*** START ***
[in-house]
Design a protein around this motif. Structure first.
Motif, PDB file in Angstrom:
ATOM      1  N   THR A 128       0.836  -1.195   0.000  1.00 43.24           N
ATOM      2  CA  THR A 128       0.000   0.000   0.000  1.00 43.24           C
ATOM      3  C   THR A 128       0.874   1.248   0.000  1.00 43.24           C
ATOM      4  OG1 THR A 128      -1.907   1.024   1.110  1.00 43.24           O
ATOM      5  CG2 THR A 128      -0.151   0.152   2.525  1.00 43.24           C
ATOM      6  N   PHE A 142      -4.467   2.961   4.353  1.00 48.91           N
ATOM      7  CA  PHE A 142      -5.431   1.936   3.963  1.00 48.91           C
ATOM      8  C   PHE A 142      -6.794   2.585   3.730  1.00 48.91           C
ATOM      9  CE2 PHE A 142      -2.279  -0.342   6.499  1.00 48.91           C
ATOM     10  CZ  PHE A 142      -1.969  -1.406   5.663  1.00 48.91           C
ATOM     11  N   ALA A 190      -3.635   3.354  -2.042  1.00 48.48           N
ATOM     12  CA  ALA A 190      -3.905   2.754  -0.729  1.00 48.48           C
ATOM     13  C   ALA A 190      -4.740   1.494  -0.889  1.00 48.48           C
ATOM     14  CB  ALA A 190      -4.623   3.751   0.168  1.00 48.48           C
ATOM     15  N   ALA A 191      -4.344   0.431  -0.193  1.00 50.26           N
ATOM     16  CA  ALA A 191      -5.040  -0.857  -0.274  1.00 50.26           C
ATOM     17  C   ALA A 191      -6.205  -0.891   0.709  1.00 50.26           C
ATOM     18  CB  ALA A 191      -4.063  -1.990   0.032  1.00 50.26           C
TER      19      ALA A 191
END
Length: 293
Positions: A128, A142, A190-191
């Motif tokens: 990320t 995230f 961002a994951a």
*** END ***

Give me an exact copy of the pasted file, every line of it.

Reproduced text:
[in-house]
Design a protein around this motif. Structure first.
Motif, PDB file in Angstrom:
ATOM      1  N   THR A 128       0.836  -1.195   0.000  1.00 43.24           N
ATOM      2  CA  THR A 128       0.000   0.000   0.000  1.00 43.24           C
ATOM      3  C   THR A 128       0.874   1.248   0.000  1.00 43.24           C
ATOM      4  OG1 THR A 128      -1.907   1.024   1.110  1.00 43.24           O
ATOM      5  CG2 THR A 128      -0.151   0.152   2.525  1.00 43.24           C
ATOM      6  N   PHE A 142      -4.467   2.961   4.353  1.00 48.91           N
ATOM      7  CA  PHE A 142      -5.431   1.936   3.963  1.00 48.91           C
ATOM      8  C   PHE A 142      -6.794   2.585   3.730  1.00 48.91           C
ATOM      9  CE2 PHE A 142      -2.279  -0.342   6.499  1.00 48.91           C
ATOM     10  CZ  PHE A 142      -1.969  -1.406   5.663  1.00 48.91           C
ATOM     11  N   ALA A 190      -3.635   3.354  -2.042  1.00 48.48           N
ATOM     12  CA  ALA A 190      -3.905   2.754  -0.729  1.00 48.48           C
ATOM     13  C   ALA A 190      -4.740   1.494  -0.889  1.00 48.48           C
ATOM     14  CB  ALA A 190      -4.623   3.751   0.168  1.00 48.48           C
ATOM     15  N   ALA A 191      -4.344   0.431  -0.193  1.00 50.26           N
ATOM     16  CA  ALA A 191      -5.040  -0.857  -0.274  1.00 50.26           C
ATOM     17  C   ALA A 191      -6.205  -0.891   0.709  1.00 50.26           C
ATOM     18  CB  ALA A 191      -4.063  -1.990   0.032  1.00 50.26           C
TER      19      ALA A 191
END
Length: 293
Positions: A128, A142, A190-191
């Motif tokens: 990320t 995230f 961002a994951a």